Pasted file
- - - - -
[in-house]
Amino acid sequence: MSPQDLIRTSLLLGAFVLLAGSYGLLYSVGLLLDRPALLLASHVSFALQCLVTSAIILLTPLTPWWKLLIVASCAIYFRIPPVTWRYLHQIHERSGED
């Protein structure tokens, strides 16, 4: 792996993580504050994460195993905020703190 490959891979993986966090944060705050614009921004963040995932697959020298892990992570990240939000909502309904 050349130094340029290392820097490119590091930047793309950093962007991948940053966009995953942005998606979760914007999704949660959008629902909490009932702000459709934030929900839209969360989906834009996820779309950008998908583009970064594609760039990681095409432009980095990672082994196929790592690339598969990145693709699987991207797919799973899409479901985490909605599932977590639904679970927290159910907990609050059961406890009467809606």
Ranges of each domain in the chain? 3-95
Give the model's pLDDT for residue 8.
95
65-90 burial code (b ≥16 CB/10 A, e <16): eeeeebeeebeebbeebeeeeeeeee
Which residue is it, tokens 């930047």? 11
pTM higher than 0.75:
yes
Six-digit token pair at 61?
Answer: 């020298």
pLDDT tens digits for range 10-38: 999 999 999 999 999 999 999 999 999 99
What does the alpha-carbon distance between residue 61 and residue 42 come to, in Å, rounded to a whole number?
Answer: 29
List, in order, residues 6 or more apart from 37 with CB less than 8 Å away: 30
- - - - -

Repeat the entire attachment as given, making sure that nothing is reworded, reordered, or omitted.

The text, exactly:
[in-house]
Amino acid sequence: MSPQDLIRTSLLLGAFVLLAGSYGLLYSVGLLLDRPALLLASHVSFALQCLVTSAIILLTPLTPWWKLLIVASCAIYFRIPPVTWRYLHQIHERSGED
């Protein structure tokens, strides 16, 4: 792996993580504050994460195993905020703190 490959891979993986966090944060705050614009921004963040995932697959020298892990992570990240939000909502309904 050349130094340029290392820097490119590091930047793309950093962007991948940053966009995953942005998606979760914007999704949660959008629902909490009932702000459709934030929900839209969360989906834009996820779309950008998908583009970064594609760039990681095409432009980095990672082994196929790592690339598969990145693709699987991207797919799973899409479901985490909605599932977590639904679970927290159910907990609050059961406890009467809606």
Ranges of each domain in the chain? 3-95
Give the model's pLDDT for residue 8.
95
65-90 burial code (b ≥16 CB/10 A, e <16): eeeeebeeebeebbeebeeeeeeeee
Which residue is it, tokens 């930047």? 11
pTM higher than 0.75:
yes
Six-digit token pair at 61?
Answer: 């020298």
pLDDT tens digits for range 10-38: 999 999 999 999 999 999 999 999 999 99
What does the alpha-carbon distance between residue 61 and residue 42 come to, in Å, rounded to a whole number?
Answer: 29
List, in order, residues 6 or more apart from 37 with CB less than 8 Å away: 30